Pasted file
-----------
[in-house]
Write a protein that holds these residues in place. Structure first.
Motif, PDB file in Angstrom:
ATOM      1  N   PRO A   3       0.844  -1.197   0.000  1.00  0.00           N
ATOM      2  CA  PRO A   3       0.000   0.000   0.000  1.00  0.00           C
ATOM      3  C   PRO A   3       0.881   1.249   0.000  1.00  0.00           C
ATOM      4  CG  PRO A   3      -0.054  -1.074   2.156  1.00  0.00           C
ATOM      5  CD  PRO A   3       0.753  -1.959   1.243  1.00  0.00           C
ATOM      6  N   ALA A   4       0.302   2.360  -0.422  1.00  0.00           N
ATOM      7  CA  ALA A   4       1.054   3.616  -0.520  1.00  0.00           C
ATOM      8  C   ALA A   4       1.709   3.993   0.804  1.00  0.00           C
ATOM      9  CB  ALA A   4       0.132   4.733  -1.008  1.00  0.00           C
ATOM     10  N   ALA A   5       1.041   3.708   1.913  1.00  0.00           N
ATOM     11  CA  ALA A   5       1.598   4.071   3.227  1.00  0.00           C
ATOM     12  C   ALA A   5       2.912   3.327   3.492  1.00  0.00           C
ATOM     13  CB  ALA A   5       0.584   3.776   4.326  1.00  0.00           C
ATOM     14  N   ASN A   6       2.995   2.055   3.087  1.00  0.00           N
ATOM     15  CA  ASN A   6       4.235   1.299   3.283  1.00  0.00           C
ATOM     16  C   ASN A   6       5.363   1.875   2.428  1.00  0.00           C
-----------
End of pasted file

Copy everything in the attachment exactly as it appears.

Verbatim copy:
[in-house]
Write a protein that holds these residues in place. Structure first.
Motif, PDB file in Angstrom:
ATOM      1  N   PRO A   3       0.844  -1.197   0.000  1.00  0.00           N
ATOM      2  CA  PRO A   3       0.000   0.000   0.000  1.00  0.00           C
ATOM      3  C   PRO A   3       0.881   1.249   0.000  1.00  0.00           C
ATOM      4  CG  PRO A   3      -0.054  -1.074   2.156  1.00  0.00           C
ATOM      5  CD  PRO A   3       0.753  -1.959   1.243  1.00  0.00           C
ATOM      6  N   ALA A   4       0.302   2.360  -0.422  1.00  0.00           N
ATOM      7  CA  ALA A   4       1.054   3.616  -0.520  1.00  0.00           C
ATOM      8  C   ALA A   4       1.709   3.993   0.804  1.00  0.00           C
ATOM      9  CB  ALA A   4       0.132   4.733  -1.008  1.00  0.00           C
ATOM     10  N   ALA A   5       1.041   3.708   1.913  1.00  0.00           N
ATOM     11  CA  ALA A   5       1.598   4.071   3.227  1.00  0.00           C
ATOM     12  C   ALA A   5       2.912   3.327   3.492  1.00  0.00           C
ATOM     13  CB  ALA A   5       0.584   3.776   4.326  1.00  0.00           C
ATOM     14  N   ASN A   6       2.995   2.055   3.087  1.00  0.00           N
ATOM     15  CA  ASN A   6       4.235   1.299   3.283  1.00  0.00           C
ATOM     16  C   ASN A   6       5.363   1.875   2.428  1.00  0.00           C